Township of Scotch Plains v. 2345 Plainfield Avenue, Inc.

A-5023-96T5 (N.J. Super. App. Div. 1999) (Unpublished)
  • Opinion Date: November 8, 1999

TAXATION; FORECLOSURE—While service of process in a tax foreclosure action may be jurisdictional, the rules setting time strictures for notices can be flexible.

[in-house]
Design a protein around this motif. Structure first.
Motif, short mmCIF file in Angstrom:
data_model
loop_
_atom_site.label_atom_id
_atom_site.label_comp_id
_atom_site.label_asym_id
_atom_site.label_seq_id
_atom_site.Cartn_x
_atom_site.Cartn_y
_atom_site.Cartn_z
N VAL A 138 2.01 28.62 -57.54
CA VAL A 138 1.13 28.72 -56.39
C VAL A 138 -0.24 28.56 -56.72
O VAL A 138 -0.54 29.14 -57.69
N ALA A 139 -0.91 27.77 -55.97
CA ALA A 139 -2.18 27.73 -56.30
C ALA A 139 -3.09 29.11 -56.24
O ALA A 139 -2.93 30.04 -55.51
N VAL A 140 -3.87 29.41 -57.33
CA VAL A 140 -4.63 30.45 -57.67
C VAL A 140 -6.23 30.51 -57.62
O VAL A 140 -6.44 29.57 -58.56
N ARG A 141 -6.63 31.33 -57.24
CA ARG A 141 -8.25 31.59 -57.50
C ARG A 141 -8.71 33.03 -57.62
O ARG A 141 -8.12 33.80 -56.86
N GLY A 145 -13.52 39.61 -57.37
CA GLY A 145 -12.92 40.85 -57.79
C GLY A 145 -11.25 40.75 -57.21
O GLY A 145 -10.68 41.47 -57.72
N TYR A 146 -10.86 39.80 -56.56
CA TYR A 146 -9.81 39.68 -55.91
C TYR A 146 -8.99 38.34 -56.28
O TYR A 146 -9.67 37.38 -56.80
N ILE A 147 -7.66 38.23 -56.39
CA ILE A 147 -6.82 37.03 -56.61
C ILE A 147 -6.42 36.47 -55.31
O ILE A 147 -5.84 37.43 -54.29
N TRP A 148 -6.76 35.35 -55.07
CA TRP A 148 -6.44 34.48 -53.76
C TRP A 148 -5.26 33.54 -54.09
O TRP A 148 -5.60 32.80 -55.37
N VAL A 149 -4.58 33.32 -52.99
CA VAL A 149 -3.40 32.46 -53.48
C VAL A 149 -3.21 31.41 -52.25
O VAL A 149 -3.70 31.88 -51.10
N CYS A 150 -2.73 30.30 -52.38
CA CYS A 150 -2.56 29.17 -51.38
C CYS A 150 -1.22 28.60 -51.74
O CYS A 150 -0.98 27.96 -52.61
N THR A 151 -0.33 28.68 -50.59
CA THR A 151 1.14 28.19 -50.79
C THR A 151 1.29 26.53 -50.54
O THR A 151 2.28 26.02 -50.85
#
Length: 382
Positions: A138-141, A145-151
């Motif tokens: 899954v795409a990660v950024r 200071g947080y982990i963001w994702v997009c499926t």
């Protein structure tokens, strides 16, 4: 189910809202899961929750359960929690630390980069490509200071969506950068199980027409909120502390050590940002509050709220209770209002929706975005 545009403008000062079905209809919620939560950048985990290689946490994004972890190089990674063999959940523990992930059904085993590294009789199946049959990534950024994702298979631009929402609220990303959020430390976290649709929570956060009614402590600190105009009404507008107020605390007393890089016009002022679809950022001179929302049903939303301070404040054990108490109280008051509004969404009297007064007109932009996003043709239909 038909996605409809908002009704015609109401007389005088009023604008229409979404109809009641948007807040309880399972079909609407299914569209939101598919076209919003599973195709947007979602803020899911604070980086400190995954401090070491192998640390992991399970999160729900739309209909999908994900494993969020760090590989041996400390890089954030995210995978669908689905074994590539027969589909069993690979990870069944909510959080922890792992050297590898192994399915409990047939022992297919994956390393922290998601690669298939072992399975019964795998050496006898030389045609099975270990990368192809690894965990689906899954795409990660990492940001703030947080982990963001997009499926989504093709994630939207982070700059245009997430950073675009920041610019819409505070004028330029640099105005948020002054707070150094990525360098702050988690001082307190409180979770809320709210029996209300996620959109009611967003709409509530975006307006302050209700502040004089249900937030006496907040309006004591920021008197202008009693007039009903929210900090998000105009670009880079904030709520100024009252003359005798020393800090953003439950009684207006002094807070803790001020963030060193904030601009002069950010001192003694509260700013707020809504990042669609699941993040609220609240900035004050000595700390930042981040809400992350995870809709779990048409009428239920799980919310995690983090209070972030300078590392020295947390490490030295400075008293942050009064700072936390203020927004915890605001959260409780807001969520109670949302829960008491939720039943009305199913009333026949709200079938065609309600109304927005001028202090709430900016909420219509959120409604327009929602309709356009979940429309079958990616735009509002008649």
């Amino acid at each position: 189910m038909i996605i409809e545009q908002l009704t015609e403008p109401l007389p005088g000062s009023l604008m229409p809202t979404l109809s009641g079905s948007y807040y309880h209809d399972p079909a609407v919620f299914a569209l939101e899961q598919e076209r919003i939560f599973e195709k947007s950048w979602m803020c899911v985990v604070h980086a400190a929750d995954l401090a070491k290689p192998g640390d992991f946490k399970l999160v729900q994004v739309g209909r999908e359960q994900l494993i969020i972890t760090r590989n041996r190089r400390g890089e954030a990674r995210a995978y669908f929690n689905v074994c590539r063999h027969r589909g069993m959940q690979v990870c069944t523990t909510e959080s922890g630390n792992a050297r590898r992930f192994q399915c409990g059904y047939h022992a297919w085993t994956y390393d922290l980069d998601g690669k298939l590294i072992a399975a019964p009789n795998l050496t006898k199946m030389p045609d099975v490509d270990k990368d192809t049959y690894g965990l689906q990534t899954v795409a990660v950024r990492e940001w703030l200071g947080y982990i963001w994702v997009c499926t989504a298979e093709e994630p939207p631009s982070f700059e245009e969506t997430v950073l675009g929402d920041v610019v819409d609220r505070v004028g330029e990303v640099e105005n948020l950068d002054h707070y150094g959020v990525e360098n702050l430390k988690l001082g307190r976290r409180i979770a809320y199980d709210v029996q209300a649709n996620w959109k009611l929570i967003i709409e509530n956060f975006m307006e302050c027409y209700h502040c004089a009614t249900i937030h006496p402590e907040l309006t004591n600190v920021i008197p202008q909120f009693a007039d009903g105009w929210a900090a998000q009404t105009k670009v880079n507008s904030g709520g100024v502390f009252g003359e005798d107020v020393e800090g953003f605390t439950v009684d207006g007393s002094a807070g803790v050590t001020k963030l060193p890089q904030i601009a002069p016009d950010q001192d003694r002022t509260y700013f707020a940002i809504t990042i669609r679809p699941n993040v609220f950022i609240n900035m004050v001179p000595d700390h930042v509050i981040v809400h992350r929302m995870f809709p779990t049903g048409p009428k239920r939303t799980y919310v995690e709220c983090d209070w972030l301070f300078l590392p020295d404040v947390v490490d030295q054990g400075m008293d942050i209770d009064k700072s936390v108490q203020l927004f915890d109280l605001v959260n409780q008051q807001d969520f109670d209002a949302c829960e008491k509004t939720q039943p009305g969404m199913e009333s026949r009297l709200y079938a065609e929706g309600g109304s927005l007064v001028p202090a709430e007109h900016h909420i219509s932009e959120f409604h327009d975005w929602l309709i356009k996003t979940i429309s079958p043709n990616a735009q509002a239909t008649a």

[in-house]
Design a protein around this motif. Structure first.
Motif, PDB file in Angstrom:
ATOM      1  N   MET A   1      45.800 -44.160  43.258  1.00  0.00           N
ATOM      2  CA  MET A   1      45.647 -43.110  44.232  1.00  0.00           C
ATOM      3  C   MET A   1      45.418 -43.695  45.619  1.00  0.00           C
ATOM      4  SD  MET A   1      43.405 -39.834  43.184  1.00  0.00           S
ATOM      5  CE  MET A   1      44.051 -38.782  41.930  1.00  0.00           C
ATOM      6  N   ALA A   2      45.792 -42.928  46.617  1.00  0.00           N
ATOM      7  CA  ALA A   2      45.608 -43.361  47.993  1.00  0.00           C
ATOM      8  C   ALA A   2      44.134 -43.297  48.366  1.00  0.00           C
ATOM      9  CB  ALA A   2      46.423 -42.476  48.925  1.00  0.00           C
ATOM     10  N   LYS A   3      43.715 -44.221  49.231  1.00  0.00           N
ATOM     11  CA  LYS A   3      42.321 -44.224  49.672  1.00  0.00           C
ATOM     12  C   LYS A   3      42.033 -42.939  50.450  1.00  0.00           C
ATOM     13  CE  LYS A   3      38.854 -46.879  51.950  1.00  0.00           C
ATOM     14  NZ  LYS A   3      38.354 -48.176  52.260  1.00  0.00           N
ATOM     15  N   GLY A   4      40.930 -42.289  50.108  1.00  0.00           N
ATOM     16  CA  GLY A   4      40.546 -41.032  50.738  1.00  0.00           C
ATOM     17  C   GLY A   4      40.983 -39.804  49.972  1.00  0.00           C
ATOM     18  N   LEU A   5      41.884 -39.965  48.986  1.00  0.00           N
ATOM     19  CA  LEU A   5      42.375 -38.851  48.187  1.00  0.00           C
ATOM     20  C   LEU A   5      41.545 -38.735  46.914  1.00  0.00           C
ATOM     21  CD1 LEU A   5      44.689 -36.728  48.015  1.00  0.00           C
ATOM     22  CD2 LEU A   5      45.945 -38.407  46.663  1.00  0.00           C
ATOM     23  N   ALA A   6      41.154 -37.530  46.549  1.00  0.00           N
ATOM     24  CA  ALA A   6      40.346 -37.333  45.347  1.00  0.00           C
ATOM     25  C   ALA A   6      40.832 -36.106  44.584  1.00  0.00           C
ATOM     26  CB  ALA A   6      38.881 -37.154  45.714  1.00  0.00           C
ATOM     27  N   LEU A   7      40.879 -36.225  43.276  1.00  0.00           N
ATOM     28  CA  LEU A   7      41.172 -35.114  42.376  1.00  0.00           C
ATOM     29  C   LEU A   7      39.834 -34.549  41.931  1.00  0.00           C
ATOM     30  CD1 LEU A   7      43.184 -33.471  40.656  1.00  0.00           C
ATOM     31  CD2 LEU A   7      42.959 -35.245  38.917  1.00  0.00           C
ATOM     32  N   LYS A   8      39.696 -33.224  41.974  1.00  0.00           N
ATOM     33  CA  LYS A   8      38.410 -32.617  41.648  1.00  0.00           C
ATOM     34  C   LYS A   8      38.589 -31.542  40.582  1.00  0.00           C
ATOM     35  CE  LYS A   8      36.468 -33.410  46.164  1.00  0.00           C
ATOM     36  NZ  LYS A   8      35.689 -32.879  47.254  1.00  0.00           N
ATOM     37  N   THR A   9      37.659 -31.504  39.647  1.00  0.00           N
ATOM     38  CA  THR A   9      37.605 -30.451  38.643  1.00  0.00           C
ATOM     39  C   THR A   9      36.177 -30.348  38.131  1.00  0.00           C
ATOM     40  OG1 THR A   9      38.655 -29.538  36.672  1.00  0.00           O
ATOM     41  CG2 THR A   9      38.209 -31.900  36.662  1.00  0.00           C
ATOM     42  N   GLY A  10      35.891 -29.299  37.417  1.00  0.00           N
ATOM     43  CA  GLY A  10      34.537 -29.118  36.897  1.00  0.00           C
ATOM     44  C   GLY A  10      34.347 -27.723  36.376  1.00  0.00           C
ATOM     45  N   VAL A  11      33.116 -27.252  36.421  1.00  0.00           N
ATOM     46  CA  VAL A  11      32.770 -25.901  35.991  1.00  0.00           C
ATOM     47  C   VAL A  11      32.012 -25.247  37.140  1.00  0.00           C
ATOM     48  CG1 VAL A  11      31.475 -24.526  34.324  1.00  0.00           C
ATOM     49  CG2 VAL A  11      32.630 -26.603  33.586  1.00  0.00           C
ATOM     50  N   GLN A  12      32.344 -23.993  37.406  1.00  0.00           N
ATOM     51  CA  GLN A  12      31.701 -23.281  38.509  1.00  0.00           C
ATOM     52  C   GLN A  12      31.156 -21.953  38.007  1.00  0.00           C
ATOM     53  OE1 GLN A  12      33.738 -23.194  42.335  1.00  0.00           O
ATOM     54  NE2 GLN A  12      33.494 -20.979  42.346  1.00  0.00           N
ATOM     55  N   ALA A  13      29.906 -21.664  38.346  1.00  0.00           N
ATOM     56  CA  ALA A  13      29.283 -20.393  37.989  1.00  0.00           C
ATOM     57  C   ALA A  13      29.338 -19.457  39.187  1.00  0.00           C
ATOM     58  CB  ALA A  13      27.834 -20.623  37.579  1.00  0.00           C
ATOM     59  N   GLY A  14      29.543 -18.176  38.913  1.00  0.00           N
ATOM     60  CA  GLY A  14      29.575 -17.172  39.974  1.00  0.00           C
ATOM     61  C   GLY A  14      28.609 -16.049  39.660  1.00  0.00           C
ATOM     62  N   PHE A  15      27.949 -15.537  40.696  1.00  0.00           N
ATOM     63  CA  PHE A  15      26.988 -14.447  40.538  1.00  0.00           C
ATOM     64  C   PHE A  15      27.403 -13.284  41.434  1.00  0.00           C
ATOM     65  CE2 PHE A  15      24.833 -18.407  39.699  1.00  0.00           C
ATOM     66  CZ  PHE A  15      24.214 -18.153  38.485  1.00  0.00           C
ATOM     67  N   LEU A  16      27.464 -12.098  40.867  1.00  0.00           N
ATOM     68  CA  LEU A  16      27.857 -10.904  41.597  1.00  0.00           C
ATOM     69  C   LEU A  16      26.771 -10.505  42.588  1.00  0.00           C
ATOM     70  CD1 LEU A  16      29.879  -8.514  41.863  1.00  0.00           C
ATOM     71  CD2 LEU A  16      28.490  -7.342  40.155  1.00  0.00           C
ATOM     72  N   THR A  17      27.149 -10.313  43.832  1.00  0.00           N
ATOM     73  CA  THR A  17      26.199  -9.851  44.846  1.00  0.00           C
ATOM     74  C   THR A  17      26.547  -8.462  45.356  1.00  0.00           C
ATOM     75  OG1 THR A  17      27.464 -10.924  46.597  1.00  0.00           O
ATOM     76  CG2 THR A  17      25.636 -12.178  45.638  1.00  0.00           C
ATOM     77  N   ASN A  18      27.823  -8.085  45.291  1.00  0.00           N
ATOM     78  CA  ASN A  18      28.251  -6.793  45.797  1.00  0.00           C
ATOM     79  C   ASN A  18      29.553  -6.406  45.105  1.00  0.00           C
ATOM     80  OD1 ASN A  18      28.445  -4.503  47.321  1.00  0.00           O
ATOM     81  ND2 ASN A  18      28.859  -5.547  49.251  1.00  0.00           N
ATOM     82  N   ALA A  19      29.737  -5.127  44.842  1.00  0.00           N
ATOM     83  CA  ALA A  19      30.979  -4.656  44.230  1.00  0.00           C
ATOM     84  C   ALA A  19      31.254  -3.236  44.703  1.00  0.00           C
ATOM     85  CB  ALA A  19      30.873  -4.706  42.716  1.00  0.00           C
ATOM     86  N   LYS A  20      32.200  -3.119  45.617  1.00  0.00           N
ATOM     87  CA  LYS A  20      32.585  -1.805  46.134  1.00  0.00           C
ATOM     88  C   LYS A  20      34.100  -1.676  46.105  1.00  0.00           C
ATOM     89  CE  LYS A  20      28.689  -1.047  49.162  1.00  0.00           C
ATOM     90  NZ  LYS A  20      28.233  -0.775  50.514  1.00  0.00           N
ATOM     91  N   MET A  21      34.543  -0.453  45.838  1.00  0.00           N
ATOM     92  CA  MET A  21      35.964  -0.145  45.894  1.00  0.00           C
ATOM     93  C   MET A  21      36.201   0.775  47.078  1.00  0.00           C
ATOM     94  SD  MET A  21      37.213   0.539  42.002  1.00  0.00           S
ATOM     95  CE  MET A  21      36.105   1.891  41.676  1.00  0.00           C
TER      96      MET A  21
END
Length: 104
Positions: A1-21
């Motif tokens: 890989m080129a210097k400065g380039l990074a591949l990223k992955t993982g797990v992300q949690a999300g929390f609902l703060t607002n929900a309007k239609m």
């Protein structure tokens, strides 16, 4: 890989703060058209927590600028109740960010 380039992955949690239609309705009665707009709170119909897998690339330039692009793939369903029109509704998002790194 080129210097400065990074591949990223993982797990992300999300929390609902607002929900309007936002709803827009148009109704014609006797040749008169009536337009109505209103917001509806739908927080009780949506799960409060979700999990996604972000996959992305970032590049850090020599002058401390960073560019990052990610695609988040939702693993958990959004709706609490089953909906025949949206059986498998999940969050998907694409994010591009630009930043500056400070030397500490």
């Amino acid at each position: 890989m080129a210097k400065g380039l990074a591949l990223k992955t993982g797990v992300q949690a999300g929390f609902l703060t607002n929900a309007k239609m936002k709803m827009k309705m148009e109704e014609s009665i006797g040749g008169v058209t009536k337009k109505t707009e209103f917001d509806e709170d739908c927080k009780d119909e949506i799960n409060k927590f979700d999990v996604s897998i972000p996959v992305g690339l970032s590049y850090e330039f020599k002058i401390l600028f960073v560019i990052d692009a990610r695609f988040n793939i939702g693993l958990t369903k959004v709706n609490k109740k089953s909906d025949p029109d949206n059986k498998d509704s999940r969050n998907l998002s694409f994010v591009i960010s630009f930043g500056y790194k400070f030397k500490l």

A municipality obtained a final judgment of foreclosure against a property, In Rem, for failure to pay real estate taxes. The property owner sought to have the judgment set aside, pointing to several technical deficiencies in the manner in which the foreclosure action had been handled. For example, R. 4:64-7 requires that notice of the foreclosure action be published and paragraph (c) of the Rule directs that notice of a foreclosure shall be served within seven days after such publication. Here, however, the notice of foreclosure was not served until eighteen or nineteen days had passed, as much as thirteen days late. Paragraph (d) of the rule further directs that notice of foreclosure shall be posted in the office of the municipal tax collector and in the office of the county recording officer within fifteen days of publication. Here, notice was mailed to the respective offices twenty days after publication, a delay of five days. Finally, paragraph (e) of the rule specifies that a final judgment of foreclosure may not be entered until appropriate affidavits have been filed showing that the rule’s procedural requirements have been met. Here, however, at least one affidavit was filed after entry of judgment. The Court rejected these claims as a basis for setting aside the foreclosure judgment. The Court found it clear from the record that the owners were fully apprised of the pendency of the foreclosure action and discussed its progress on several occasions with the attorney prosecuting it. While service of the notice of a foreclosure may be jurisdictional, compliance with the various time strictures of R.4:64-7 is not. The Comment to the rule, moreover, notes “the requirements of these rules, particularly if they do not go to the essence of the proceedings, are in any event relaxable.”